Justin Bourque pleads guilty to first-degree murder charges in RCMP shootings

A New Brunswick man pleaded guilty on Friday to three first-degree murder charges in the fatal shootings of three RCMP officers in Moncton.

MONCTON, N.B. — A New Brunswick man pleaded guilty on Friday to three first-degree murder charges in the fatal shootings of three RCMP officers in Moncton.

Justin Bourque, 24, also pleaded guilty to two counts of attempted murder in the wounding of two other officers during his appearance in the Court of Queen’s Bench.

He calmly told the judge “I plead guilty” or replied “guilty” when asked for his plea on each charge.

Bourque returns to court Oct. 27 when victim impact statements and pre-sentencing documents will be filed.

Bourque was recently found competent and mentally fit to stand trial after undergoing a psychiatric assessment. Details of that assessment have been sealed by the court.

Members of Bourque’s family refused to comment as they left the court as did Supt. Marlene Snowman, the top officer for the RCMP at the Moncton detachment.

Constables Dave Ross, Fabrice Gevaudan and Douglas Larche were killed after responding to a report of a man with firearms in a residential neighbourhood in the northwest area of Moncton on June 4.

Constables Eric Dubois and Darlene Goguen were wounded and later released from hospital.

Bourque was arrested following a manhunt that spanned 30 hours and brought the city of 69,000 to a virtual standstill.

Comments in an affidavit signed by Bourque’s father that was filed in provincial court last month provides a view into Justin Bourque’s behaviour before the shootings.

Just days before the shootings, Victor Bourque said his son was ranting against authority and growing paranoid.

In the two-page affidavit, the father said he did not notice any serious mental or emotional problems with his son until about 18 months ago when he said Justin Bourque’s condition began deteriorating.

The affidavit was used by Justin Bourque’s lawyer in court to request a psychiatric assessment for his client, which was granted by a judge.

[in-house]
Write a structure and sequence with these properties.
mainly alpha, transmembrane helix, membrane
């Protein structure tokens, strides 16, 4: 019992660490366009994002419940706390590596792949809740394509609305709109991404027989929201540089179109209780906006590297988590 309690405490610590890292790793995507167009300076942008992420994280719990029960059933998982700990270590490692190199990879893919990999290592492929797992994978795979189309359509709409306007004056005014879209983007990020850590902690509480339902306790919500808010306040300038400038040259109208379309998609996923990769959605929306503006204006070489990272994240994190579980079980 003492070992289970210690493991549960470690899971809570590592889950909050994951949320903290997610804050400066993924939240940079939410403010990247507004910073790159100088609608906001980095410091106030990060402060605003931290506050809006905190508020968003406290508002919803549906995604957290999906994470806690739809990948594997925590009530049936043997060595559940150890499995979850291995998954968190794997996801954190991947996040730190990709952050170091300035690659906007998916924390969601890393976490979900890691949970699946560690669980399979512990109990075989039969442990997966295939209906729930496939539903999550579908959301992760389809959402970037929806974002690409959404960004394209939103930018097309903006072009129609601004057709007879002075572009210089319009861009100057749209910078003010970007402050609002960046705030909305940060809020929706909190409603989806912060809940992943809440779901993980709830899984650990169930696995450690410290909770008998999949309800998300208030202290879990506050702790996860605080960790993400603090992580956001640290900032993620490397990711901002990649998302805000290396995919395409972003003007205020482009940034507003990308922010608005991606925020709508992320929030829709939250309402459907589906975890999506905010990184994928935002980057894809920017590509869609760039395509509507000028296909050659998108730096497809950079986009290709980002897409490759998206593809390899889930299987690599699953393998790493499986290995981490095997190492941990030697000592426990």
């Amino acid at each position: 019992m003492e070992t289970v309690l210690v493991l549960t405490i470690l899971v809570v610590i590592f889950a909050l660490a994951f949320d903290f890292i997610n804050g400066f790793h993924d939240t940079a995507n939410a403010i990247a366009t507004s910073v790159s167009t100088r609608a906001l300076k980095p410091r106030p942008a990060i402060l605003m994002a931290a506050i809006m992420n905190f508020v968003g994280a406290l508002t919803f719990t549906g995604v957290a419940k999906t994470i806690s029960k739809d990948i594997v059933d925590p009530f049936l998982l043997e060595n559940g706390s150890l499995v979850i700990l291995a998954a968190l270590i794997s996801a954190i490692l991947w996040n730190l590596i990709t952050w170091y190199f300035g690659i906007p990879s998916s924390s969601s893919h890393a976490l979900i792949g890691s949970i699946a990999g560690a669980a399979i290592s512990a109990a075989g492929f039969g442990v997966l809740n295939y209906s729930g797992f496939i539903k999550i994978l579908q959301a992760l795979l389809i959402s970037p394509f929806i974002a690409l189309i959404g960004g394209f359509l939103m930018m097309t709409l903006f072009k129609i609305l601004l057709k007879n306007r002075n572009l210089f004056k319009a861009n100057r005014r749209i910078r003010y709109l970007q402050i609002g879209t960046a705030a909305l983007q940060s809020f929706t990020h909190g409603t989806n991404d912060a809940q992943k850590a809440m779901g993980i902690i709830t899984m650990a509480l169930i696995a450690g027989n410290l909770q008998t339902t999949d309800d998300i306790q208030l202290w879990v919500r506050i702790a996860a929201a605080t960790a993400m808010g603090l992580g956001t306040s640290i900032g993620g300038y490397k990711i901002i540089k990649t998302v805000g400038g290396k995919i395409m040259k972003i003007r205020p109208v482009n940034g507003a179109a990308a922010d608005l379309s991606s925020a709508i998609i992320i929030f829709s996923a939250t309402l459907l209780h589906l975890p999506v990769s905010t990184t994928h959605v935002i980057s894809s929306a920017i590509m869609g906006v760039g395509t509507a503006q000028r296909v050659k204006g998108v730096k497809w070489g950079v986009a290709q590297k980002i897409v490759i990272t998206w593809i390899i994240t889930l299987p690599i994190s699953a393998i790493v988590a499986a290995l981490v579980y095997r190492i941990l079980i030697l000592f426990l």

The document contains assertions by Victor Bourque that have not been proven in court, but in it he says his son went from living with his parents and six siblings in Moncton to buying a gun, getting kicked out of the house, and becoming depressed and paranoid.

“We were a very close-knit family until Justin was asked by his mother and me to leave the home,” he said. “His inappropriate behaviour and his purchase of yet another gun prompted our request.”

Victor Bourque said things only got worse after that. During his visits home, he said his son appeared seriously depressed and was emotionally and financially unstable.

“Often, he would pace back and forth while talking about things that made no sense to me or other members of the family,” said Bourque.

Bourque said he was unable to reason with his son or calm him down while giving him a drive to work about two days before the shootings.

“He was ranting and raging against all authority and concerning himself with matters which were well beyond his control and some issues not even relating to Canada,” he said.

“This behaviour I can only describe as paranoia.”

The day of the shootings, Victor Bourque said he was with his son about 2 1/2 hours before shots rang out in Moncton’s north end. Justin Bourque told his father he was going to work but his employer called to say he never showed up.

Bourque said that’s when he reached out to his son.

“I called him to ask why he lied to me — he was distant and disrespectful to me on the telephone,” he said. “He hung up on me. He had never spoken to me in this fashion before. His tone was very dry and as if it was another person speaking.”

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